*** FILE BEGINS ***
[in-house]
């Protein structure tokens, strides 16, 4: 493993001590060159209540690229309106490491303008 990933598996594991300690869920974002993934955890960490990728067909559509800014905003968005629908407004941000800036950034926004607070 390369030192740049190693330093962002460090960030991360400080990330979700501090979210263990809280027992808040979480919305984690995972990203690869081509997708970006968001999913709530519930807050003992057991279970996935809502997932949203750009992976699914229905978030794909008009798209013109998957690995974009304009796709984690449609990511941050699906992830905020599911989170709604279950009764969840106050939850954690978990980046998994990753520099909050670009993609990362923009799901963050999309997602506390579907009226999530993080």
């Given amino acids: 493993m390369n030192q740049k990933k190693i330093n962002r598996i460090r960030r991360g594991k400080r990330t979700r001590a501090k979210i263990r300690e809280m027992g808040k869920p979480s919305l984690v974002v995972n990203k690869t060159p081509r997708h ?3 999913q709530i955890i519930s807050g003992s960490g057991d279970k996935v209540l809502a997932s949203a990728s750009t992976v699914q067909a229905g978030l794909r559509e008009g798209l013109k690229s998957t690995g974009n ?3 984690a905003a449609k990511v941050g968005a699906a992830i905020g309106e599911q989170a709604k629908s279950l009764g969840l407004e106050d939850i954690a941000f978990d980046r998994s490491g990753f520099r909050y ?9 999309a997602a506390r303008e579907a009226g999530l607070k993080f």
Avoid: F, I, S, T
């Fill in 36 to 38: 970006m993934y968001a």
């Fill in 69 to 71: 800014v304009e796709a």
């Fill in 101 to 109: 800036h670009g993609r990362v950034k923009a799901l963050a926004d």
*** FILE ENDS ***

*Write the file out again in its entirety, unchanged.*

[in-house]
């Protein structure tokens, strides 16, 4: 493993001590060159209540690229309106490491303008 990933598996594991300690869920974002993934955890960490990728067909559509800014905003968005629908407004941000800036950034926004607070 390369030192740049190693330093962002460090960030991360400080990330979700501090979210263990809280027992808040979480919305984690995972990203690869081509997708970006968001999913709530519930807050003992057991279970996935809502997932949203750009992976699914229905978030794909008009798209013109998957690995974009304009796709984690449609990511941050699906992830905020599911989170709604279950009764969840106050939850954690978990980046998994990753520099909050670009993609990362923009799901963050999309997602506390579907009226999530993080």
């Given amino acids: 493993m390369n030192q740049k990933k190693i330093n962002r598996i460090r960030r991360g594991k400080r990330t979700r001590a501090k979210i263990r300690e809280m027992g808040k869920p979480s919305l984690v974002v995972n990203k690869t060159p081509r997708h ?3 999913q709530i955890i519930s807050g003992s960490g057991d279970k996935v209540l809502a997932s949203a990728s750009t992976v699914q067909a229905g978030l794909r559509e008009g798209l013109k690229s998957t690995g974009n ?3 984690a905003a449609k990511v941050g968005a699906a992830i905020g309106e599911q989170a709604k629908s279950l009764g969840l407004e106050d939850i954690a941000f978990d980046r998994s490491g990753f520099r909050y ?9 999309a997602a506390r303008e579907a009226g999530l607070k993080f």
Avoid: F, I, S, T
């Fill in 36 to 38: 970006m993934y968001a």
């Fill in 69 to 71: 800014v304009e796709a």
């Fill in 101 to 109: 800036h670009g993609r990362v950034k923009a799901l963050a926004d």